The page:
How are you?
A common greeting among family, friends, acquaintances. On most days, a response that requires little to no thought. It’s reflexive, automatic. Sometimes, meaningless.
“I’m fine. How are you?”
On occasion, the response might vary slightly, depending on circumstances as well as who is inquiring.
“I’m a bit tired.”
“I’m not feeling well.”
Regardless, it’s a pretty basic question not requiring—or typically expecting—an in-depth response.
There are times in our lives, however, when the question, “How are you?” renders us speechless. When responding with, “Fine” is not only a blatant lie, it is simply impossible to utter.
As of late I can’t help but fee like that question is feels contrived, expected, robotic. I believe persons asking it genuinely care, I believe they are asking because they truly want to know. But, I have no answer. At least not one that I can honestly share with most people. It’s too much sometimes. The reality of my current truth, isn’t something that I am capable of sharing with everyone that asks me how I am.
I know how to answer the question, “How are you?” I don’t want folks to constantly ask me. I don’t want anyone to ask me because I will simply not know how to respond, creating a layered situation that I am sure many won’t want to hear about.
Do many of you want to hear the truth and be okay when I do not have an answer? I want you to know that, while I can chat about life and responsibilities, that is in no way an indication of how I am doing. I’m doing what I have to do to function.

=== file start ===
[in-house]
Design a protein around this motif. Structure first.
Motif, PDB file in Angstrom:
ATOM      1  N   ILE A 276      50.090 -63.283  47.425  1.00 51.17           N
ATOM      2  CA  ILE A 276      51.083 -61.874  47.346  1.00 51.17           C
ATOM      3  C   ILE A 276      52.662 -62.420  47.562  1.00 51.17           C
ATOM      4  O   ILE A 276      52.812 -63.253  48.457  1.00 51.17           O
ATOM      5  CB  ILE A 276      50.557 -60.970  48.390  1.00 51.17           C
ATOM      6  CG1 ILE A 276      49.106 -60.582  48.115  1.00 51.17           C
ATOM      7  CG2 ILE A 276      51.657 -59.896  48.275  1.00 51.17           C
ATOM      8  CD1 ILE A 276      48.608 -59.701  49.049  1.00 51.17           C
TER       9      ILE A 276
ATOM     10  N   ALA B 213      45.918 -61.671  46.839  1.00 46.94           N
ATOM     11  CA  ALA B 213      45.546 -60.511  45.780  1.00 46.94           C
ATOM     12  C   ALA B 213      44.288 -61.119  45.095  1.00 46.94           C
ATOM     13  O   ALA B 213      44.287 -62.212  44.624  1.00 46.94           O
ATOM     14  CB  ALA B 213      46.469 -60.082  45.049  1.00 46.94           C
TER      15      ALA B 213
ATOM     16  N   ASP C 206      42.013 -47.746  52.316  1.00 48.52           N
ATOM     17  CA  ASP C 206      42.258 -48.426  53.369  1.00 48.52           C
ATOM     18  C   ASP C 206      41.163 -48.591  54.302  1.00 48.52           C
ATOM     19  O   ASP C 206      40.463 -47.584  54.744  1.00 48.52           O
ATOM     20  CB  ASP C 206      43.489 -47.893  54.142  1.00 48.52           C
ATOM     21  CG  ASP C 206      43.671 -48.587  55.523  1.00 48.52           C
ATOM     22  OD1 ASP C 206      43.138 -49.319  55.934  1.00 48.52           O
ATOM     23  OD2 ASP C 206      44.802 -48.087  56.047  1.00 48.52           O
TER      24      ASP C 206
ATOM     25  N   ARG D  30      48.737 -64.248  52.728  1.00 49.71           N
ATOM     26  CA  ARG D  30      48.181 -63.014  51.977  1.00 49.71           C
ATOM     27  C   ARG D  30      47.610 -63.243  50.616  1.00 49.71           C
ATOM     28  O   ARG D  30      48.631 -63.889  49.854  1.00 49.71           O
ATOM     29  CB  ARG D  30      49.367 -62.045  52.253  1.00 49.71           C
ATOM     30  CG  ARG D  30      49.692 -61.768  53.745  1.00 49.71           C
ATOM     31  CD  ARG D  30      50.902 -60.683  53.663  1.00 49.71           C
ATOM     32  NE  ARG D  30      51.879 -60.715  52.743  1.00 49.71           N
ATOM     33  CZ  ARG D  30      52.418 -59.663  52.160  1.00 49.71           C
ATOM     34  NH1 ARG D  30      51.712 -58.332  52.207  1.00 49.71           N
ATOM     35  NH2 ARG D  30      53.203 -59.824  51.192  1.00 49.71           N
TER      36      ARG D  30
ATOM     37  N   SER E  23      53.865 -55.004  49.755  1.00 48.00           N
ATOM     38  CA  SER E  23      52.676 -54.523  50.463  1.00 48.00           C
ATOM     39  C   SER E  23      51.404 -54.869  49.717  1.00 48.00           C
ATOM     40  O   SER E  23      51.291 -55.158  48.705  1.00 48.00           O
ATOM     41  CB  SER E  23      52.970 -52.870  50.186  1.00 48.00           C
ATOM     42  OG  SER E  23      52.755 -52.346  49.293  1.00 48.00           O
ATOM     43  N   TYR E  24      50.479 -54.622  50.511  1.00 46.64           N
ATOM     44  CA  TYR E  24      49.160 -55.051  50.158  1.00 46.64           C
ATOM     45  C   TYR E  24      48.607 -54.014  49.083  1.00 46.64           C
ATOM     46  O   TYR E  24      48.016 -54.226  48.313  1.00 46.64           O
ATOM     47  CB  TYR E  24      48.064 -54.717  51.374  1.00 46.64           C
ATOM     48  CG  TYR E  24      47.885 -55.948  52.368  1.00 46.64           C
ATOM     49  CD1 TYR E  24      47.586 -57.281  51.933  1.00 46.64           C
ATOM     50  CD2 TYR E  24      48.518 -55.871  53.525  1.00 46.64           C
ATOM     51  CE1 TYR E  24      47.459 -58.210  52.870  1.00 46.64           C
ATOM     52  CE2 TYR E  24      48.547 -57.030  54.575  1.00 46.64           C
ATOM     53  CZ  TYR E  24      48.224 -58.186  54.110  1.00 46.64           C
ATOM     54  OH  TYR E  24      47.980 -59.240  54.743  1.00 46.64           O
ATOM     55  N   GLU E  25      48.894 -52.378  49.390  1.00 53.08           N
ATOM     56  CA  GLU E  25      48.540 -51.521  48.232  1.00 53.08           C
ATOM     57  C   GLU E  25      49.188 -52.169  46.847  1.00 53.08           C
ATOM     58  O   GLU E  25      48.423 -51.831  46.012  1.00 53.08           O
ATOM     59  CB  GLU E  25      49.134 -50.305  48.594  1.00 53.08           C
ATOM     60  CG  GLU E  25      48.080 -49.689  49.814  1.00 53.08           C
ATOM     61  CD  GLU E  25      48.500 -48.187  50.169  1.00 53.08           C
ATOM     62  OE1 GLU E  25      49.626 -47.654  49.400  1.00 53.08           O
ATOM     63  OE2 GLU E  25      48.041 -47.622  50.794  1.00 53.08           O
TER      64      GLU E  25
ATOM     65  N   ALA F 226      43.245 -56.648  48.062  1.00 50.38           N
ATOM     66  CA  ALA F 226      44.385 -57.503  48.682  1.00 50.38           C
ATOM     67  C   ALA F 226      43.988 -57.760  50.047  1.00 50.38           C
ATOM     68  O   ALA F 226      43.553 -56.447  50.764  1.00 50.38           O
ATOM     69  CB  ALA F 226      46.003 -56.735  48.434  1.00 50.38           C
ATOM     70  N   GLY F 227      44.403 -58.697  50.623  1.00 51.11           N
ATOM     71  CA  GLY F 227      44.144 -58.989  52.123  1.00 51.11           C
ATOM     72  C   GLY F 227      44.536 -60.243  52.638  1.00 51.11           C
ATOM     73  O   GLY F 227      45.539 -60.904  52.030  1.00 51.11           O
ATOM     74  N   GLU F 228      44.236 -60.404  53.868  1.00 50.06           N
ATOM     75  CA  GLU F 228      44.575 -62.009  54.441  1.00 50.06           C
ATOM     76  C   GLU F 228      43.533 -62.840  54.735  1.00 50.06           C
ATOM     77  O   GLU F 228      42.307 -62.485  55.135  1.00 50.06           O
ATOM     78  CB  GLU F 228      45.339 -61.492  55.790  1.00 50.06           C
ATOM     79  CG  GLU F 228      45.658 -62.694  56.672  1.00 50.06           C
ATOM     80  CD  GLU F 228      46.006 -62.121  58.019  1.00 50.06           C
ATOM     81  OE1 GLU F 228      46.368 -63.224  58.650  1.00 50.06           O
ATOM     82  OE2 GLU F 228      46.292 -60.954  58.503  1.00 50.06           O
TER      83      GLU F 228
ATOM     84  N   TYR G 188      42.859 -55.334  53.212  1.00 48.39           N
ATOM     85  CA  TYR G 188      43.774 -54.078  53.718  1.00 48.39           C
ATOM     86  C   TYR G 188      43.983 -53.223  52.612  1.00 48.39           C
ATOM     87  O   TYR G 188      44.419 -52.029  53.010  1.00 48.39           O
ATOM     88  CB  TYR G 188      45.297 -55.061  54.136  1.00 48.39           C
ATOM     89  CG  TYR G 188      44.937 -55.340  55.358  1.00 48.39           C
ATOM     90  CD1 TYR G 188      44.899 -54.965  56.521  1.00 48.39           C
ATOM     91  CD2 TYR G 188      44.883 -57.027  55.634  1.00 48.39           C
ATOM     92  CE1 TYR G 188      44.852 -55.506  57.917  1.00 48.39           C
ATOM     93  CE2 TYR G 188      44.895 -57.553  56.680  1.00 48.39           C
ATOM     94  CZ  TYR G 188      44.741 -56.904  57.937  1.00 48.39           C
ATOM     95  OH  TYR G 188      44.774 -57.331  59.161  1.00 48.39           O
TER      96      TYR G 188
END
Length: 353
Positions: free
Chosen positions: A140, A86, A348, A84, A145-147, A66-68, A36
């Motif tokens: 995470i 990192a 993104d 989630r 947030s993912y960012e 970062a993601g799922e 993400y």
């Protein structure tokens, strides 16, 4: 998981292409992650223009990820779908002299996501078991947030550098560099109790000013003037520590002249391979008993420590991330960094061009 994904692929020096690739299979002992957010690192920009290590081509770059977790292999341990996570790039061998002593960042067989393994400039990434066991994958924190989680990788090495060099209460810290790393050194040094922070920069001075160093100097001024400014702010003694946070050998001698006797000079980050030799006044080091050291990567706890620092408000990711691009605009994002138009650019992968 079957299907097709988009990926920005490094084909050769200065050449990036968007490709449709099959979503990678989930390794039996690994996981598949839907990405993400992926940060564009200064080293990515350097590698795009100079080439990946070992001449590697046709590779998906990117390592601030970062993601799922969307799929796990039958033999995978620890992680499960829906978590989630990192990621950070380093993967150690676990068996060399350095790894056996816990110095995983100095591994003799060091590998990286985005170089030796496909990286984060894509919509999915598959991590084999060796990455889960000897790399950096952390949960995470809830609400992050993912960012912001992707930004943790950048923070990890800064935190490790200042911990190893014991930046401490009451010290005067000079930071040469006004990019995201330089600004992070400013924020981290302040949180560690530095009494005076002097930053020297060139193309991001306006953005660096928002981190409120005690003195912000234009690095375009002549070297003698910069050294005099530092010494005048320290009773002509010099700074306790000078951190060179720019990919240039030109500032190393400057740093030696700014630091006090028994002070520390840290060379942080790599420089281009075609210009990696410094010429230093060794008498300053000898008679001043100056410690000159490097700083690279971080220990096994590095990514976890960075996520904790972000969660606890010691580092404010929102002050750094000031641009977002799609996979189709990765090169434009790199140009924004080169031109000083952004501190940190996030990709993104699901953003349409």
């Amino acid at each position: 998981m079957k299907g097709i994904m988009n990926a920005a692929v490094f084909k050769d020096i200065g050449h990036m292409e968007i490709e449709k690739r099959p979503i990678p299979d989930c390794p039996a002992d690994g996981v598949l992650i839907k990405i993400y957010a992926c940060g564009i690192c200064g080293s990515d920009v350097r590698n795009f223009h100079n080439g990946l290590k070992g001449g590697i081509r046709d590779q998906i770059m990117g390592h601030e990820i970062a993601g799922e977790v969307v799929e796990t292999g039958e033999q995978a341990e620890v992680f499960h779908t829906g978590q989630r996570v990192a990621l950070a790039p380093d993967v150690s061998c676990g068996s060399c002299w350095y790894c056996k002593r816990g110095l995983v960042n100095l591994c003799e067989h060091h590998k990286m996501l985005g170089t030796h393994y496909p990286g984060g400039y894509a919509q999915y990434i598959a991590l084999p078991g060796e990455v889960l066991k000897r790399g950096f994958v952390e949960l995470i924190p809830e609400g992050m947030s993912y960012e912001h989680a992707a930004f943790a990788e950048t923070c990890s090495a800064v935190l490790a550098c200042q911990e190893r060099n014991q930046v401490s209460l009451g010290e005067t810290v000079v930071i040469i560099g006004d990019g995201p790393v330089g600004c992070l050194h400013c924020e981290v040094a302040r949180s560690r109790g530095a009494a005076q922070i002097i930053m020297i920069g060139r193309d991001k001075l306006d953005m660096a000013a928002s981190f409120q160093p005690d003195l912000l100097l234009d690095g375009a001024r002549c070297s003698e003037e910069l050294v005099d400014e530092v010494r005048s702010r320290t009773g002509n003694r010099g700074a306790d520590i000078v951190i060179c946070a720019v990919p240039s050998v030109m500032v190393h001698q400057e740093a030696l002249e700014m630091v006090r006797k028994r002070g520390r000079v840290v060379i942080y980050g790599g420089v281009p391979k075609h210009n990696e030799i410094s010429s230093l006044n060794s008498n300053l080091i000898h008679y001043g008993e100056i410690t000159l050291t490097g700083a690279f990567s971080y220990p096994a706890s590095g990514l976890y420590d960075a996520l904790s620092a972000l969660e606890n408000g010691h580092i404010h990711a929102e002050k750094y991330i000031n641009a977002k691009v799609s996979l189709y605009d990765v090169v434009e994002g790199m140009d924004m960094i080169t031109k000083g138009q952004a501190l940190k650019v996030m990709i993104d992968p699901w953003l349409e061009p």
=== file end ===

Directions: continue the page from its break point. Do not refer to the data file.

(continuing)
I’ve asked the question, “How are you?” of friends and acquaintances countless times, truly wanting to know the answer. I now look back and wish I had asked a different question.
I wonder how many times someone responded with, “Fine” because they had no idea what to say. I wonder how many times someone wanted to shrug and say, “I don’t know” but didn’t because it’s uncomfortable. I wonder how many times I could have said something differently, something that would cause the other person to be able to shrug and say, “I don’t know,” and then we could sit and talk or not talk, and both would be okay.
I think from this point on when someone in my life is going through a difficult time, I will change my question.
I will change my question because I want them to know that I do want to know. I don’t want a canned response. I will change my question because I want them to be able to shrug their shoulders, stare at me blankly, and not know how to respond. I want them to be able to answer me with whatever words they can find that may not be an attempt to answer my question but are the words they need to speak. I want them to be able to say nothing at all and know that I hear them. That I know they are not okay and have no idea what words to utter that can possibly convey what they are experiencing.
So, do ask. Ask how I am. Ask others how they are. Ask with different words. Ask with words that convey complete acceptance of whatever the response may be. Ask knowing that they may not be able to respond.
Ask and make sure that you don’t accept “I’m fine” when you know that is not the truth.